Ran Pleasant
ARMA DFW
View user's profile Send private message
Jared Smith




Location: Tennessee
Joined: 10 Feb 2005
Likes: 1 page

Spotlight topics: 3
Posts: 1,532

PostPosted: Sun 26 Aug, 2007 11:01 am    Post subject:         Reply with quote

I agree that historically, attacks to legs do not appear to have been strongly encouraged by masters as a primary tactic.

However, examinations of mass battle grave remains and historical accounts of duels indicates that legs were in fact attacked at least some of the time in battle and in judicial duels. There is a fair quality ARMA article on the subject and historical basis for believing legs were targeted at least in some cases. http://www.thearma.org/essays/LegWounds.htm

If targeting of legs is mixed in infrequently as a surprise tactic in sparring when both opponents are expecting primarily upper body targets, I have found that I generally succeed in hitting much more skilled teachers legs while escaping unscathed. I think it is one of those things that you might do infrequently, if "good conditions" for it just happened to be right. A wounded leg, cut tenons in the knee joint or calve are serious wounds to my way of thinking. For me, success seems to require reserving it as an occasional surprise tactic. Similar in nature, but even easier than a Krumphau, a downward diagonal strike made when an attacker can see they have beaten the timing of their opponent can be subtly changed while stepping off line such that the back side of an opponent's thigh, knee joint, or calve is easily struck. It is not that difficult to quickly raise the sword in a "hangen" guard like position or even duck under a Krone -like guard while stepping out of it. One might even achieve contact with some tentative binding before the strike lands somewhere on the back side of leg targets.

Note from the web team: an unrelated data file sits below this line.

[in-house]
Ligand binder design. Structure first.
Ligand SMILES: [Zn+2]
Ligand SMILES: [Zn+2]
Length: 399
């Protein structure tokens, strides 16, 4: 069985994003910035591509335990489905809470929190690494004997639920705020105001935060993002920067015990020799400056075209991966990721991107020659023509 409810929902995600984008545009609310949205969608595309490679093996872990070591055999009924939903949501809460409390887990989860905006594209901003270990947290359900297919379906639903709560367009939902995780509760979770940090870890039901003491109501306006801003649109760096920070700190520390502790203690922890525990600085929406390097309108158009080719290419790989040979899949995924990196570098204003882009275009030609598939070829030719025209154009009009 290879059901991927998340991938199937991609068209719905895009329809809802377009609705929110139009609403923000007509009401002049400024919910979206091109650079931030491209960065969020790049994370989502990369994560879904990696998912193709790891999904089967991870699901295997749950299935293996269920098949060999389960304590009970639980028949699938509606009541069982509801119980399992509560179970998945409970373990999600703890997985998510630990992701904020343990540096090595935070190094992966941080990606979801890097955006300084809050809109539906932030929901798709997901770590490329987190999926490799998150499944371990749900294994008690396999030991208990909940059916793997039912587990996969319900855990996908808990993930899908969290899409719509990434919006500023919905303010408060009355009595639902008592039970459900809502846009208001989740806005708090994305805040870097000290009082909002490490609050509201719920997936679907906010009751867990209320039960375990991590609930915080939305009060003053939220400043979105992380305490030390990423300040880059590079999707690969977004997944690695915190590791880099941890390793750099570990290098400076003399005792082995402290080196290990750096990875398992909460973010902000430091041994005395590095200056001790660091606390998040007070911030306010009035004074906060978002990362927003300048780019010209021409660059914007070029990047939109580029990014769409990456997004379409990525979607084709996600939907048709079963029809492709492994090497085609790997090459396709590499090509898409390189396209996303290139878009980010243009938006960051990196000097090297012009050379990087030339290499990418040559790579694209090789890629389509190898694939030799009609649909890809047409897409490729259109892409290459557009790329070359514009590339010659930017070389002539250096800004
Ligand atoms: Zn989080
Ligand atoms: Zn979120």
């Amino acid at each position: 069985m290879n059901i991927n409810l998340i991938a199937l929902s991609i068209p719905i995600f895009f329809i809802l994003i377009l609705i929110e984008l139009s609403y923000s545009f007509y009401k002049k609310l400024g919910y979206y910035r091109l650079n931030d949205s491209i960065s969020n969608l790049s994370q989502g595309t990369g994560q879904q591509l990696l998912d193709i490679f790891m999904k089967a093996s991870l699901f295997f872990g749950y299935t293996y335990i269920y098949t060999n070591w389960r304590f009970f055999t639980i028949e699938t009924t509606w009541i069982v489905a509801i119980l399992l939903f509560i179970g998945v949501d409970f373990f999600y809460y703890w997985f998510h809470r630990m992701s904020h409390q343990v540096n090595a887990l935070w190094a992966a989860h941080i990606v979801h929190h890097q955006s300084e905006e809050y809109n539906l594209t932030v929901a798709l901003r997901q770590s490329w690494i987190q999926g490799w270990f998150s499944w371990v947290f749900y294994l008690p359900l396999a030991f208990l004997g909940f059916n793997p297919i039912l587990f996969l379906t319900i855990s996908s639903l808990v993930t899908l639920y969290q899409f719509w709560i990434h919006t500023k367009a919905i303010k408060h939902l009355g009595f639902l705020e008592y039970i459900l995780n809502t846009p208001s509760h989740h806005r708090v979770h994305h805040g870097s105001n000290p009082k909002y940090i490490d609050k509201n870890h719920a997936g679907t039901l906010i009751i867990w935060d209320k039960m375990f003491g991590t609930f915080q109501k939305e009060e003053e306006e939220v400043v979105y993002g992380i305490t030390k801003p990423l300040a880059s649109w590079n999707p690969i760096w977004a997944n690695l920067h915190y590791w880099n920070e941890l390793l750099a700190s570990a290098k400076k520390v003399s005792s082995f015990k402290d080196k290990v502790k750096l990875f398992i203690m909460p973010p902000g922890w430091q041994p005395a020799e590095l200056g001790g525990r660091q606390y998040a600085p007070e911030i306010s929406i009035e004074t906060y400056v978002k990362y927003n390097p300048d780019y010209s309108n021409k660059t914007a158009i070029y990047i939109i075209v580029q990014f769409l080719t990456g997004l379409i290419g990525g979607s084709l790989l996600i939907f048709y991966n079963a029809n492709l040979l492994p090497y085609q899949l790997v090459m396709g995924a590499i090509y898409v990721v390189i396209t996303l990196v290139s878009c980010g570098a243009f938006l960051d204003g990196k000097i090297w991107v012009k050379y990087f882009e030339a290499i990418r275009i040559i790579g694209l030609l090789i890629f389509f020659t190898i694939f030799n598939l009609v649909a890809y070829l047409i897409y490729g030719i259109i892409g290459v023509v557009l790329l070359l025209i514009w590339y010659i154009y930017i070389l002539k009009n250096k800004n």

Absence of evidence is not necessarily evidence of absence!
View user's profile Send private message
Hugo Voisine





Joined: 25 Feb 2006
Reading list: 7 books

Posts: 336

PostPosted: Sun 26 Aug, 2007 11:04 am    Post subject:         Reply with quote

Thanks guys, I really appreciate your input.